Incoming ASNE Exec Director Says Group 'In a Bit of a Crisis'

By: Joe Strupp Richard Karpel, the incoming executive director of the American Society of News Editors, claims his lack of newspaper experience will not impede his ability to lead the group in one of its toughest times in history.

Karpel, 50, who was named to the top executive post Monday, brings some 20 years of experience running associations, most recently the Association of Alternative Newsweeklies.

"It was definitely a hurdle I had to overcome to get the job," Karpel admitted Tuesday of his lack of newspaper history. "I am the fifth executive director of ASNE and I think the other four were all editors. But I think they understand it is time to do something a little different. What they need to do is change quickly."

Among those predecessors was Scott Bosley, who is stepping down at the end of 2009 after 10 years in charge. His newspaper background included stints at the Detroit Free Press and the Akron (Ohio) Beacon Journal.

Karpel, who headed AAN since 1995 and previously served as a top executive at the Video Software Dealers Association, added: "you wouldn't hire me to edit a newspaper, so why would you hire a newspaper editor to run an association?"

Still, he said he can take his past managerial skills and learn from members about the greatest needs ASNE has, some he already knows about. "ASNE is in a bit of a crisis," he stated. "I think they realize they need to make some changes. That allows me to come in with some association experience. I think they were open to doing that."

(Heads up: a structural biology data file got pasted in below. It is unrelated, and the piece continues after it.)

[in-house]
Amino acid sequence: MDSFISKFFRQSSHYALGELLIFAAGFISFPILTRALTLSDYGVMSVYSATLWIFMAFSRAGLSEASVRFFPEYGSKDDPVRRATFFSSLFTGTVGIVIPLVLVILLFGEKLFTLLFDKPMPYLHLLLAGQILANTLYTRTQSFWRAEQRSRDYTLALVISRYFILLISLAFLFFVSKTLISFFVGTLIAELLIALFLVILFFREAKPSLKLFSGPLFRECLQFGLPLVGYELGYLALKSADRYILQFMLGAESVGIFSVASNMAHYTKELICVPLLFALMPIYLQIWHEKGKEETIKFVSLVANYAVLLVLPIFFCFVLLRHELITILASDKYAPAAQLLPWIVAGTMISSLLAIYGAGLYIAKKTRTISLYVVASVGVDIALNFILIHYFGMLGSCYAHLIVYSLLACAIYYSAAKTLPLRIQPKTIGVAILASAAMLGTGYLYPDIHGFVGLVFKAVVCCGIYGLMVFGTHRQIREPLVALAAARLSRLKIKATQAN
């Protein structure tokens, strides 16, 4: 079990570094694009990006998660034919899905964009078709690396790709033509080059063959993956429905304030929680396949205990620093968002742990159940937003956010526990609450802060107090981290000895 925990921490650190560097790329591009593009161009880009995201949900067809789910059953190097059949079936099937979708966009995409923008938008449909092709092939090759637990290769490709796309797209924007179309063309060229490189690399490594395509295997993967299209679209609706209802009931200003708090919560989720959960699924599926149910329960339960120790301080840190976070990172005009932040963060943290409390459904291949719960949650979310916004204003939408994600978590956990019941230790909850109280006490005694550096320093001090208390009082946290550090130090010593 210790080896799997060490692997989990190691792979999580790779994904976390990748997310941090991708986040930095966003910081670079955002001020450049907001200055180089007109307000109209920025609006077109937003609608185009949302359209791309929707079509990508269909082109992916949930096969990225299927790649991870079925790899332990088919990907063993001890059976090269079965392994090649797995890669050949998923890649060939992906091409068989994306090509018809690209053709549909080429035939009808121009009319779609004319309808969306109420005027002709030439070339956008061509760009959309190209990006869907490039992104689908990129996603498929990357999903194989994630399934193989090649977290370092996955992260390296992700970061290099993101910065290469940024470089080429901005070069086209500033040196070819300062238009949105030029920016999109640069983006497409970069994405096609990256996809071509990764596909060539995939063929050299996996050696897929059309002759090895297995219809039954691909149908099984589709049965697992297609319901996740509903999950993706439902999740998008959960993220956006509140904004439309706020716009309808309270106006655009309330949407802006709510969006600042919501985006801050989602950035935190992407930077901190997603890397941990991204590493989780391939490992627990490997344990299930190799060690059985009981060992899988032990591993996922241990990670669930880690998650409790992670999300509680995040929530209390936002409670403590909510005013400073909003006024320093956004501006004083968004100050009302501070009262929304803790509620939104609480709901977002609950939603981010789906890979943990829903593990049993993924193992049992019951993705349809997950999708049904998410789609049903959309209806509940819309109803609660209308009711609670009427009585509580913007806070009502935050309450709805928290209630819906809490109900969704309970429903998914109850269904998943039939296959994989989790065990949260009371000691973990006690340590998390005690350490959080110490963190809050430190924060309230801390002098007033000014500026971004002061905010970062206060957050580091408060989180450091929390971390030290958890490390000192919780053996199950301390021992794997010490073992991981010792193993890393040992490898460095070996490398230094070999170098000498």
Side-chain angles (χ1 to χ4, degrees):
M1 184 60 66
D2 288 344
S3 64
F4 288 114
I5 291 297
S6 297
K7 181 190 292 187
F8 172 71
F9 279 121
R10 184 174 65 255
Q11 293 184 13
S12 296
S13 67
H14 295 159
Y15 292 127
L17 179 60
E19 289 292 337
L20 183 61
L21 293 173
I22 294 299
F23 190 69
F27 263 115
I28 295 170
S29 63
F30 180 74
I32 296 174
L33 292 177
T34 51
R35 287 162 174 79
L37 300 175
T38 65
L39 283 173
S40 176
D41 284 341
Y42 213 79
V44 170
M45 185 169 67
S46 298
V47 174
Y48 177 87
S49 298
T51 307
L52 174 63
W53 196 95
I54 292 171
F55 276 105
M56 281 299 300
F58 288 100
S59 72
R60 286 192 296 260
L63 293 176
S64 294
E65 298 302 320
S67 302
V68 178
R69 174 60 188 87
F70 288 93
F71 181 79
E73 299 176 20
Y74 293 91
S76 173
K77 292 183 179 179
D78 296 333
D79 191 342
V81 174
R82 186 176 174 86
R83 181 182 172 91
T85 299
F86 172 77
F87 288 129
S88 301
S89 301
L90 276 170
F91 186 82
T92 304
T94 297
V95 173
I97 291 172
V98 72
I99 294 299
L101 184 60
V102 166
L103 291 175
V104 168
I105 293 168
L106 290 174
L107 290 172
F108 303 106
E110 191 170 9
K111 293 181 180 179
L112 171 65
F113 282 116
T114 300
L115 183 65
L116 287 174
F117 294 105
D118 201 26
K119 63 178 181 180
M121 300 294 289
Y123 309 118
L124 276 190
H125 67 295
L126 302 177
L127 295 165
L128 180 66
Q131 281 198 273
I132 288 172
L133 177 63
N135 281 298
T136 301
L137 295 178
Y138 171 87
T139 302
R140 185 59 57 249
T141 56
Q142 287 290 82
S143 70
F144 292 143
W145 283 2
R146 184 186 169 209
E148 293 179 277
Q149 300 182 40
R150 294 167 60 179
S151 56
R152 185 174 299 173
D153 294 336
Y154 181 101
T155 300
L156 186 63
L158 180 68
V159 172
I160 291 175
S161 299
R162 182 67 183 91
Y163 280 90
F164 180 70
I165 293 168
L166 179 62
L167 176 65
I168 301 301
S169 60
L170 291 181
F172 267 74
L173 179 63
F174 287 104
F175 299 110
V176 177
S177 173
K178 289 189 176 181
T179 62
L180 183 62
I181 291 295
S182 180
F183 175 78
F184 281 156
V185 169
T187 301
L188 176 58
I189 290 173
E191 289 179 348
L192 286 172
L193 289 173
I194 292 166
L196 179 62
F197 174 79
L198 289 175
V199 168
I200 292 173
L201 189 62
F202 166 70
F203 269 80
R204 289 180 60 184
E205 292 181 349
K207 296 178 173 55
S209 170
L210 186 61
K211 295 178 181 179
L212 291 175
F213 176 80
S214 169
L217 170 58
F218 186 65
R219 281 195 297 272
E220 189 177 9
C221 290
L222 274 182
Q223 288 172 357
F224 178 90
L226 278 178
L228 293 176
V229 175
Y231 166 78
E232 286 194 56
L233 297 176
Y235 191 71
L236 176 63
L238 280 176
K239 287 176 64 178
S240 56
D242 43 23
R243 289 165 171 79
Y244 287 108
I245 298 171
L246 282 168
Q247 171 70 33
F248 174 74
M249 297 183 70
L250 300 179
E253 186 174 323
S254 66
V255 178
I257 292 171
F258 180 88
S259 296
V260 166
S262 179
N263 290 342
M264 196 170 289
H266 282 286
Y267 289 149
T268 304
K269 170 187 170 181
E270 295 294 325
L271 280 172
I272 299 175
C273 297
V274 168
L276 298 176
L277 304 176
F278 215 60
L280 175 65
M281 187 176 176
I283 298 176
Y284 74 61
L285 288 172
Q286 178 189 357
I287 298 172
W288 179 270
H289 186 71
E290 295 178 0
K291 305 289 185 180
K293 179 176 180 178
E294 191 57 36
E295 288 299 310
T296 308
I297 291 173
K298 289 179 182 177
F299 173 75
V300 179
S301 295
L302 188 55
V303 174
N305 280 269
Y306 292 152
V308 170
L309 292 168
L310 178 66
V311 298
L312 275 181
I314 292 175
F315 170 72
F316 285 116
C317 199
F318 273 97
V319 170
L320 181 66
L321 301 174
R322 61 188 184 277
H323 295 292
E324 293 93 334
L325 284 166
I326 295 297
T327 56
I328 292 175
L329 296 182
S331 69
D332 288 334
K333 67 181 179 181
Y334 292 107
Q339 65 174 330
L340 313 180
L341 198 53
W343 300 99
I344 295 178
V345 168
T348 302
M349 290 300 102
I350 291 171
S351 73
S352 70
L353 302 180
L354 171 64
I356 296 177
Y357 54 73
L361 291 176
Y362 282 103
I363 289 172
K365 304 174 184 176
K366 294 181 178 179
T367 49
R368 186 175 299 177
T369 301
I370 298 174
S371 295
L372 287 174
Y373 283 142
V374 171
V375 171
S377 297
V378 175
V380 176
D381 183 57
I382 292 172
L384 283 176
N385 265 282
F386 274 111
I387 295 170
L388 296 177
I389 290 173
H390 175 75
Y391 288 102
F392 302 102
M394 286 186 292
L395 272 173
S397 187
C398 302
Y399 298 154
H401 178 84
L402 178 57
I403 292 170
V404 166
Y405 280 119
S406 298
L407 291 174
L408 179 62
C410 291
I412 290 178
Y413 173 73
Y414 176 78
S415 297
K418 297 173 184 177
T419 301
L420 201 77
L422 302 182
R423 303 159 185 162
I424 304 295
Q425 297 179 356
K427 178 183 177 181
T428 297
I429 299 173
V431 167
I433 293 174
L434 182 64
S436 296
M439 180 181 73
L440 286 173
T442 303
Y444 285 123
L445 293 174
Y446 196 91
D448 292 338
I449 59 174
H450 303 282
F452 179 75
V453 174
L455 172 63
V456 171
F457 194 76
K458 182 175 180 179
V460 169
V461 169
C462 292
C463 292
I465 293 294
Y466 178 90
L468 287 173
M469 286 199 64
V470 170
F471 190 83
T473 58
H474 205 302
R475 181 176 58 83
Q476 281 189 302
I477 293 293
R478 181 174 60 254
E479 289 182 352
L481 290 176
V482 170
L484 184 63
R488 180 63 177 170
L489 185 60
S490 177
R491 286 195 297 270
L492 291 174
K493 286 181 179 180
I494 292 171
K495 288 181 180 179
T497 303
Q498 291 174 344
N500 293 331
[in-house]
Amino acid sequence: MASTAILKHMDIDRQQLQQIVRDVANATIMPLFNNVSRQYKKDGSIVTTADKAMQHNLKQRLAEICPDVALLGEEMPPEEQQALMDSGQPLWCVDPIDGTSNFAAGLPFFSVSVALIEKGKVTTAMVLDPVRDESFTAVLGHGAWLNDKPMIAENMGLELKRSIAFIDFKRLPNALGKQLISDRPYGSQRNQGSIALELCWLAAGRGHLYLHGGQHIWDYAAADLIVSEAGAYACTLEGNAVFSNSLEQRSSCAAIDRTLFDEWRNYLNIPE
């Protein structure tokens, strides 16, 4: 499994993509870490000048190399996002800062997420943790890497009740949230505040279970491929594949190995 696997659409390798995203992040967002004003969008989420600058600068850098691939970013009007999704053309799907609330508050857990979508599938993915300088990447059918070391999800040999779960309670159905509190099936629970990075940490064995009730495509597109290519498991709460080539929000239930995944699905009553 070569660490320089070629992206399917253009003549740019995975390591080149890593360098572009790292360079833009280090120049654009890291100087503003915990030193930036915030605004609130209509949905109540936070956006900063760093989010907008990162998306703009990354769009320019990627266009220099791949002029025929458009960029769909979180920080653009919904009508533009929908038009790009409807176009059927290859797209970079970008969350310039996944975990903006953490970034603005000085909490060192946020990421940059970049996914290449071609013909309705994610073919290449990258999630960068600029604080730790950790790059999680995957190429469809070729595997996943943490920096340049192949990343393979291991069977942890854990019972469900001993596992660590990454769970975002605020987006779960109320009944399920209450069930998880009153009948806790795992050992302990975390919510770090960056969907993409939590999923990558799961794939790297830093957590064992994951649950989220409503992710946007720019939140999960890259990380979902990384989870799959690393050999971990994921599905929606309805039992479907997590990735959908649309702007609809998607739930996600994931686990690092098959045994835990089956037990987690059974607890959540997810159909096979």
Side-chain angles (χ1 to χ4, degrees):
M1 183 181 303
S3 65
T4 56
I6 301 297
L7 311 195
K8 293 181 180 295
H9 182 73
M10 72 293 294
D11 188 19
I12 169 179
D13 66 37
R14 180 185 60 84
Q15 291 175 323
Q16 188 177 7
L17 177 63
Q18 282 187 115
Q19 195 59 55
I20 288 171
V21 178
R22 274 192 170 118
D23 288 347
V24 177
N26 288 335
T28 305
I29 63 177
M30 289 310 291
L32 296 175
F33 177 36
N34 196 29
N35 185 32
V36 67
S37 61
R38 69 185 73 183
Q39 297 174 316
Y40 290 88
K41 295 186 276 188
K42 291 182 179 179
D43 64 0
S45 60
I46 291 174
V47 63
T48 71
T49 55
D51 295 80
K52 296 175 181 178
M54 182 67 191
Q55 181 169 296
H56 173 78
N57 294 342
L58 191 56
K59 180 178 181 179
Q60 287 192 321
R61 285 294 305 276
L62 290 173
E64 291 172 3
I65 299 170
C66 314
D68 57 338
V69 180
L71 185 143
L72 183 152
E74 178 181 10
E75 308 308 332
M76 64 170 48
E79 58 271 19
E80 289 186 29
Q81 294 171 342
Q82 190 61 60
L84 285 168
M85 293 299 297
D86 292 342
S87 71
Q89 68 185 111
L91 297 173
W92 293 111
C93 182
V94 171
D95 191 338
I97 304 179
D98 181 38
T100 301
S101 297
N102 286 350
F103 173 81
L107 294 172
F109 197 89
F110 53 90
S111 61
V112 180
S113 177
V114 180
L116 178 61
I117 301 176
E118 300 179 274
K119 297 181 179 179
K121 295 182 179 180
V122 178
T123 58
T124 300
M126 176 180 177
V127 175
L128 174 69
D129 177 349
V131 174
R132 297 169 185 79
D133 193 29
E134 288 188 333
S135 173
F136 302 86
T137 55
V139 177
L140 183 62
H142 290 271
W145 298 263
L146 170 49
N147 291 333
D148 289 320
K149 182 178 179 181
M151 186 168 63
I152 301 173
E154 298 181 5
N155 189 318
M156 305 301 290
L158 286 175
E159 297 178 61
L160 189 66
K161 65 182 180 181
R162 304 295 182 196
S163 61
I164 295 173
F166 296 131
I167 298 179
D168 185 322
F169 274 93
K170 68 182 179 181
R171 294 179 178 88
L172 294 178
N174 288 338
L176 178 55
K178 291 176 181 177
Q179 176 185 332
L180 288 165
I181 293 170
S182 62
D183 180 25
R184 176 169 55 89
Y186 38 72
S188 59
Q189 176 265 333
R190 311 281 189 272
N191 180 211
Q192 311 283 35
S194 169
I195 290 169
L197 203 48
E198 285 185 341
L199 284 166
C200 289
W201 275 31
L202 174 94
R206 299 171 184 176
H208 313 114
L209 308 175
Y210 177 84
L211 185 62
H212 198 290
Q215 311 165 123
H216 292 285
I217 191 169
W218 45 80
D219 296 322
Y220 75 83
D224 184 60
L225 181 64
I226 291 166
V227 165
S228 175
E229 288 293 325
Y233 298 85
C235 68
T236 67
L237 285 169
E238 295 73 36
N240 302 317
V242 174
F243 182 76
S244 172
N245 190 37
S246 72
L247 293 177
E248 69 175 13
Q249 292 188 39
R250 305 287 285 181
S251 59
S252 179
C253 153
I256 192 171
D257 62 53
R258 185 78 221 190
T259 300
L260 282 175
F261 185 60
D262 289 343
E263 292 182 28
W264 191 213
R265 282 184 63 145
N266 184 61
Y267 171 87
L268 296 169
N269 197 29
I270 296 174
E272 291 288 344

Having not worked at a newspaper, Karpel adds that he can bring an outside perspective the organization may need: "The biggest advantage is that I can see the forest, not the trees. I can get a bird's eye view."

Karpel takes over at a time when ASNE has already made some of its biggest changes ever this year, dropping the "Newspaper" from its name, expanding membership to online-only outlets and those in academia, and adding its first two Web editors to the board of directors.

"I've got a lot to learn," Karpel said. He later noted that at AAN he transformed the organization by using the Web site."

He said that had included adding a resource library, data bases and other detailed information to the site. "We need to touch the membership on a daily basis. Automated feeds and blogging. People need to go to the Web site everyday for something new."

He also wants to take the recent membership rule expansion and use it to bring in more new members quickly: "For ASNE to survive, we need to attract new members."

Asked about other priorities, Karpel said, "get a running start on the 2010 convention, which will be critical to the future of the association." ASNE canceled its 2009 convention that had been slated for last April in Chicago.

But Karpel also admitted: "It's important for me to understand the challenges that journalists face, not the details of their day-to-day experience. I need to be able to appreciate how the profession is changing and how those changes are having an impact on journalists' needs."


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